First-Party Data vs. Third-Party Data: What’s the Difference?

With 2023 approaching fast, it’s time to rethink your approach to data in marketing. 

Data collection is changing quickly. In 2023, the process of eliminating third-party data — better known as cookies — from browsers will finally be complete. The change makes the approach to collecting data and the types of data brands work with completely different. 

Collecting data is becoming more complicated in a more privacy-first world. This means internet browsers are favoring the privacy of users over performance-tracking capabilities for advertisers. So, how can your company adjust its data collection strategy to accommodate the changes?

Here’s everything you need to know about both first-party data and third-party data so that you can enter into the new year with an intelligent and informed marketing strategy. 

Why Are Cookies Going Away?

Sometimes referred to as the cookieless future, the shift away from third-party data is a response to increasing concern for privacy on the web. Phasing out third-party cookies is a strategy intended to alleviate consumer concerns about being tracked online — but it has pros and cons.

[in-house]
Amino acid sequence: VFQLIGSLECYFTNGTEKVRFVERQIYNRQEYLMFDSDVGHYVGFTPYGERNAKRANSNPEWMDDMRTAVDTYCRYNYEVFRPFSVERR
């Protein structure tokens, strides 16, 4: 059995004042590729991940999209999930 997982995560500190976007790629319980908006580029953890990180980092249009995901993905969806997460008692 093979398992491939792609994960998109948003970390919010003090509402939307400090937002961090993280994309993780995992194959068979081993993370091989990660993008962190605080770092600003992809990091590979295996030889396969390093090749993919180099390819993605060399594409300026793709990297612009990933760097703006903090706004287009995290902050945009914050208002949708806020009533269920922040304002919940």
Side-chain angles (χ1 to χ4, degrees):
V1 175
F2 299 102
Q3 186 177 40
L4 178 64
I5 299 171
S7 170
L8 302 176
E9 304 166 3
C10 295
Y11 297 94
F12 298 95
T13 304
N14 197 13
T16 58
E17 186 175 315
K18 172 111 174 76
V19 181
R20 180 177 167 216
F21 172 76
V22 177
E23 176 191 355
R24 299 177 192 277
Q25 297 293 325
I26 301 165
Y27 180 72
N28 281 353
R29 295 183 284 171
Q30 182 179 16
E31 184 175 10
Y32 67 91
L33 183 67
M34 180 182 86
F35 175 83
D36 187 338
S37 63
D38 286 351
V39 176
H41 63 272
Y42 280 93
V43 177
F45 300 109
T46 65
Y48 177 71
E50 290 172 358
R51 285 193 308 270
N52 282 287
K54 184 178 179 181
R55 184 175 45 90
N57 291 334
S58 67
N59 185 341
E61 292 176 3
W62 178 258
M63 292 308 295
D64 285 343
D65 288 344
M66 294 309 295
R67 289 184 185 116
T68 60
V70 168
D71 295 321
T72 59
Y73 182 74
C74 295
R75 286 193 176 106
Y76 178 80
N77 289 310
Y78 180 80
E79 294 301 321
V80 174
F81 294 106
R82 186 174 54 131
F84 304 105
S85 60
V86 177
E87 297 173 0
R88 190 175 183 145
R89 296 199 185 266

While the cookieless future may offer consumers additional peace of mind, it changes the way marketers approach data collection. Marketing companies now have to create scalable first-party data collection strategies to get accurate information about visitors to their sites.

What Is First-Party Data?

First-party data is collected directly from a company’s marketing initiatives both on-site and off. It’s willingly provided by shoppers and may include preference center data, purchase intentions, and personal context. These pieces of information all come together to show how the consumer wants the brand to recognize them. 

First-party data includes information gathered from behaviors, actions, or interests throughout your website and/or app; information you have within your customer relationship management (CRM) system; and information you have gathered from your social media platforms and/or advertising. 

What Are Some Strategic Ways To Collect First-Party Data?

Customers generally aren’t willing to hand over their personal information for nothing in return. Instead, you need to get creative with your first-party data collection strategy so that you can learn more about your customers and inform your marketing strategy:

What Is Third Party Data?

Third-party data, also known as cookies, is information that is collected by outside sources that don’t have a direct relationship with consumers. In many cases, cookies are information that has been “stitched together” from a number of different sources, resulting in a more complete and useful dataset. 

The cookies collected by outside entities are then sold to companies looking for more insight into and information about their customers. As a result, third-party data is extremely valuable in honing targeting strategies for advertising and even securing potential leads.